This is a shockingly misinformed post, you should be ashamed of yourself Michael. The factual inaccuracies aside, you should be aware that it was the iPhone jailbreak developer community that invented the app store. Apple only picked up the demand for it a year later and enabled a user friendly way to use it. If Microsoft want any advantage over the iPhone they need to embrace the people innovating rather than shut them out, and not agree with stupid people like yourself. As long as WP7 stays locked down they will never compete with the iPhone, and in fact the more they lock out the innovative developers the lest PR their platform will get.
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# Michael B. McLaughlin is a dickhead
David
11/30/2010 9:57 PM
You have no idea what you're talking about.
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# re: My Thoughts On “ChevronWP7”
Travis
12/1/2010 6:56 AM
“ChevronWP7” is a “jail-breaking” thing (it apparently involves running some code and possibly visiting a website, mucking in your registry and I don’t even know what else… hence calling it a “thing”).

...

You really are not that bright are you. And you seriously cal yourself a developer...haha. You refer to it as a thing. Is that a joke. OH MY GOD! You are an idiot and I really mean that in a literal sense that you a mentally impaired and have some form a deficiency and a lack of understanding of basic programming and what "jail breaking" REALLY is. When I heard of this article I thought it was from the Onion news. It is that stupid haha. Mate I can't wait till Darwin catches up to you and you haven't managed to pollute the gene pool by breeding or if you have already I REALLY STRONGLY hope they DO NOT take after YOU.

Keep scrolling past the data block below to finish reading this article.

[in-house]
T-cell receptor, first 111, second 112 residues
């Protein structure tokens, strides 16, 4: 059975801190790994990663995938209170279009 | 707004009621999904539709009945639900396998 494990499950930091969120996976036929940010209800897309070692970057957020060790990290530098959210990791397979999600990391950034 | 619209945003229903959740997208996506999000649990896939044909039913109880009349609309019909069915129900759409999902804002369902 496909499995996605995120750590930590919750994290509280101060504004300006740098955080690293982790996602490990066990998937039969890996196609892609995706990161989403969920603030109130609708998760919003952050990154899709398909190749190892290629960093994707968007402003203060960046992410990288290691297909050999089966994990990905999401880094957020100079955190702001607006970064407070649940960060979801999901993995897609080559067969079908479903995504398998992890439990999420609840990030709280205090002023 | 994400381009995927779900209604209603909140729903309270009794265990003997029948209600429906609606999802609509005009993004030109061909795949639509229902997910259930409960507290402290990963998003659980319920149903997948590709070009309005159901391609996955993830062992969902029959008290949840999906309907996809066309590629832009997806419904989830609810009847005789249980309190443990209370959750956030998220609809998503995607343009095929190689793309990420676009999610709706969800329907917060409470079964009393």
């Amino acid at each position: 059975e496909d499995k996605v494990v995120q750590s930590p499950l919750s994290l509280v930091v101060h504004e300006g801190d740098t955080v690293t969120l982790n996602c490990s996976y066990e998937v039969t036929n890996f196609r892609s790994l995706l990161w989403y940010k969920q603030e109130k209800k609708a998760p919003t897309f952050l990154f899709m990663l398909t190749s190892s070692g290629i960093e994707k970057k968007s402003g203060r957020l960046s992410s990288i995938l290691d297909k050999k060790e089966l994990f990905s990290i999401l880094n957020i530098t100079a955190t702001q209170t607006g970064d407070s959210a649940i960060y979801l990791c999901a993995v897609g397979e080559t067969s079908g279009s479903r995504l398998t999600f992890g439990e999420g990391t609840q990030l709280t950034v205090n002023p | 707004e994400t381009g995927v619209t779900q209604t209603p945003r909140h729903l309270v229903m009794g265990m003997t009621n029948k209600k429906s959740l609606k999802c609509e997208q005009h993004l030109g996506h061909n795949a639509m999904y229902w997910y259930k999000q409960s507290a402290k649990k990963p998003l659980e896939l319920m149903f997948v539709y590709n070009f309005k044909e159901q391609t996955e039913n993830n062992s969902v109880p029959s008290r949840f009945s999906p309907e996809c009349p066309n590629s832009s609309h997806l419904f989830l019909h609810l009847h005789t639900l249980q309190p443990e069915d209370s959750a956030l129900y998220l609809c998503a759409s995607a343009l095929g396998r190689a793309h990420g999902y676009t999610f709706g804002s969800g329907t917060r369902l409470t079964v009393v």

Go buy a clue if you know what those "things" are.
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# re: My Thoughts On “ChevronWP7”
Anonymous
12/2/2010 3:40 AM
FYI, unlocking the phone was always possible and allowed by Microsoft.

It is just that previously, you need to pay $99/year subscription for developer account to unlock your phone.
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# re: My Thoughts On “ChevronWP7”
Anonymous
12/2/2010 12:06 PM
You are an idiot.
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# re: My Thoughts On “ChevronWP7”
Joel
12/2/2010 3:45 PM
Herve, clearly you are an idiot, or live under a rock.

Most of my friends with iPhones have them jailbroken, yet nearly all use that feature exclusively to USE THE BANDWIDTH THEY PURCHASED FROM THEIR TELECOM PROVIDERS. Frankly, most of them are too stupid to recognize Visual Basic from C++ code, let alone 'haxxorz' their phone for illegal apps. Get a clue, will ya?

I also frankly don't give a rat's ass about the TOS relating to how I have "permission" in what fashion I may use the product I purchased. For example, I purchased 3gigs per month of bandwith, and no court in Canada, Europe, or the US, will allow that bandwidth to be restricted to a platform. None, not in a million years. It is none of the carriers' business how I use said bandwidth. That'd be the equivalent of saying the gas you purchase MUST be used in the vehicle you came to gas station with. BZZT! Wrong! That's not how the law works!


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# re: My Thoughts On “ChevronWP7”
Guest
12/3/2010 12:21 AM
What a fuckwit
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Bob Taco Industries is an ISV focused on game and app development for Microsoft platforms headed up by Michael B. McLaughlin. Mike is a Microsoft Visual C++ MVP (previously an XNA/DirectX MVP from 2011-2013), a developer, a writer, a consultant, and a retired lawyer. If you're a developer who is just getting started, consider checking out the BTI website's section for developers for links to code samples and other helpful sites.